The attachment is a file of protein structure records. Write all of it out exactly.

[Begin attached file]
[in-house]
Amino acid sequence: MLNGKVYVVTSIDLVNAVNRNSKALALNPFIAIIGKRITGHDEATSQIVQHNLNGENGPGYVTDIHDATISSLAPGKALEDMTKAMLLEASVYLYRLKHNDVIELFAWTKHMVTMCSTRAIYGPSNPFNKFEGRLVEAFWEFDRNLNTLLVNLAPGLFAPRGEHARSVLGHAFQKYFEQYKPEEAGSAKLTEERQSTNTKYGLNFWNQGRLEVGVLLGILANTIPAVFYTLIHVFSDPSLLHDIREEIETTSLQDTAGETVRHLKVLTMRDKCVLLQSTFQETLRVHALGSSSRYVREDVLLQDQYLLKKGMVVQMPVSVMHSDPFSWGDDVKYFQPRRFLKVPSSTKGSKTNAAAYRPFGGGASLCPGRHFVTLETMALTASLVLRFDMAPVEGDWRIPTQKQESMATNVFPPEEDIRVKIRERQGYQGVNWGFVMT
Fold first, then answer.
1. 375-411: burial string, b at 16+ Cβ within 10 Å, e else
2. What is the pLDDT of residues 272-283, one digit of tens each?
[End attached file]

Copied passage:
[in-house]
Amino acid sequence: MLNGKVYVVTSIDLVNAVNRNSKALALNPFIAIIGKRITGHDEATSQIVQHNLNGENGPGYVTDIHDATISSLAPGKALEDMTKAMLLEASVYLYRLKHNDVIELFAWTKHMVTMCSTRAIYGPSNPFNKFEGRLVEAFWEFDRNLNTLLVNLAPGLFAPRGEHARSVLGHAFQKYFEQYKPEEAGSAKLTEERQSTNTKYGLNFWNQGRLEVGVLLGILANTIPAVFYTLIHVFSDPSLLHDIREEIETTSLQDTAGETVRHLKVLTMRDKCVLLQSTFQETLRVHALGSSSRYVREDVLLQDQYLLKKGMVVQMPVSVMHSDPFSWGDDVKYFQPRRFLKVPSSTKGSKTNAAAYRPFGGGASLCPGRHFVTLETMALTASLVLRFDMAPVEGDWRIPTQKQESMATNVFPPEEDIRVKIRERQGYQGVNWGFVMT
Fold first, then answer.
1. 375-411: burial string, b at 16+ Cβ within 10 Å, e else
2. What is the pLDDT of residues 272-283, one digit of tens each?